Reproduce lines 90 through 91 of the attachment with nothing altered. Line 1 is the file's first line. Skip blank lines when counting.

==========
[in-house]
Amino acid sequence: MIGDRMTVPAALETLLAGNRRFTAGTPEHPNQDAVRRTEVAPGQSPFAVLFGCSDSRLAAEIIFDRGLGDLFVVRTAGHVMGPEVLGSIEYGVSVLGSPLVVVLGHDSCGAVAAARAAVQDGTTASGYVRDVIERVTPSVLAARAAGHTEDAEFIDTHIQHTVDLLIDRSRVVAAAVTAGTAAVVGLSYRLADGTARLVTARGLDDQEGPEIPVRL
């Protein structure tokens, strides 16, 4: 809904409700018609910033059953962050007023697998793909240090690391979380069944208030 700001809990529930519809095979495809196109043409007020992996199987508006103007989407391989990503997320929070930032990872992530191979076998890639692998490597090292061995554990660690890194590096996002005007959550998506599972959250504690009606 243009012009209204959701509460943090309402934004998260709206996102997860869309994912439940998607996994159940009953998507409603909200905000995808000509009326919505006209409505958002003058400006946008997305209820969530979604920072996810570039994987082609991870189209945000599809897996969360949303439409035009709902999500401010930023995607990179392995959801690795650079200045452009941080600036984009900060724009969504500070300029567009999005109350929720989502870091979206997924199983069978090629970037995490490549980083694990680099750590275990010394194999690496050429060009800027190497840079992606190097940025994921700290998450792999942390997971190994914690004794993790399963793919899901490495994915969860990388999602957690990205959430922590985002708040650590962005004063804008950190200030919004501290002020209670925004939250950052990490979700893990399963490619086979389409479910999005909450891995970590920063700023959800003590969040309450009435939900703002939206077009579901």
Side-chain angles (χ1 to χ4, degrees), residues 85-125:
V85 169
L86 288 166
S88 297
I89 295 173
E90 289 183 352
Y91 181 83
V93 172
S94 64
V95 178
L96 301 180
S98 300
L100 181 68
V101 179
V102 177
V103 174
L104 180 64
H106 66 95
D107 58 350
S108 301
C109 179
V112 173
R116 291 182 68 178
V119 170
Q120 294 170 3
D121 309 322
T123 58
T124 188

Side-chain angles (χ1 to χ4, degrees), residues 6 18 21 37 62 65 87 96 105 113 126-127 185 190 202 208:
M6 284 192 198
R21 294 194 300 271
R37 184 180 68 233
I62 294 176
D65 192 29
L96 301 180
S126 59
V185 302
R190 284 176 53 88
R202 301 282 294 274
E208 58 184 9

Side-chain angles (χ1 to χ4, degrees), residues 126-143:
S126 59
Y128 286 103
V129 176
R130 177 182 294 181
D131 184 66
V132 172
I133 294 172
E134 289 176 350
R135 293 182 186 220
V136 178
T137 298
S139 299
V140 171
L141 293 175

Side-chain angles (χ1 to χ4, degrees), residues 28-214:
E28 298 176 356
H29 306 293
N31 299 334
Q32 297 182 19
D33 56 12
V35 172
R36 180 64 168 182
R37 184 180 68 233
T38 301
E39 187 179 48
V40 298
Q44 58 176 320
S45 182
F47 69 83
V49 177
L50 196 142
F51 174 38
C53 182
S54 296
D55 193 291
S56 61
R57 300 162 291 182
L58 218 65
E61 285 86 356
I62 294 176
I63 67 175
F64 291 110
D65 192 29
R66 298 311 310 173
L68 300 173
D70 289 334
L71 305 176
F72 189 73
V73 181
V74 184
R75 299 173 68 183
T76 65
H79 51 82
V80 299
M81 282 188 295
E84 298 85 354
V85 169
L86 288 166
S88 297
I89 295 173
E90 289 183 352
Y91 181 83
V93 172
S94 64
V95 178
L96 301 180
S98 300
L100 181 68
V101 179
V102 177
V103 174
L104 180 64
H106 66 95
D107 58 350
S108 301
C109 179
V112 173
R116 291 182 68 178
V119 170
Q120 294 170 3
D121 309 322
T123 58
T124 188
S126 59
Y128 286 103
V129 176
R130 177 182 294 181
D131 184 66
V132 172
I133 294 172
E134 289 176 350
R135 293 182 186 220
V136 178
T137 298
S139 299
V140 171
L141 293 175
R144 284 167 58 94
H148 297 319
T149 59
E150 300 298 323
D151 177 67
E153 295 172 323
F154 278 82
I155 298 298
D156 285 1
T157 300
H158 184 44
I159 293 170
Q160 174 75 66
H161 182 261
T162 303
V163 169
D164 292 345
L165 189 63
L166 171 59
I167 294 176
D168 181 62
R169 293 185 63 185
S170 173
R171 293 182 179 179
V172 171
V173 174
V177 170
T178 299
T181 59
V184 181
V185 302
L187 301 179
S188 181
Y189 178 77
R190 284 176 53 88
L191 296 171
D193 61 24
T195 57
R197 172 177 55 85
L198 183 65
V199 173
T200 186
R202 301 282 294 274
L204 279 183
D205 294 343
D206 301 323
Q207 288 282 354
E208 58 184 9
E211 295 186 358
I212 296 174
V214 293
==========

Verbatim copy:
D70 289 334
L71 305 176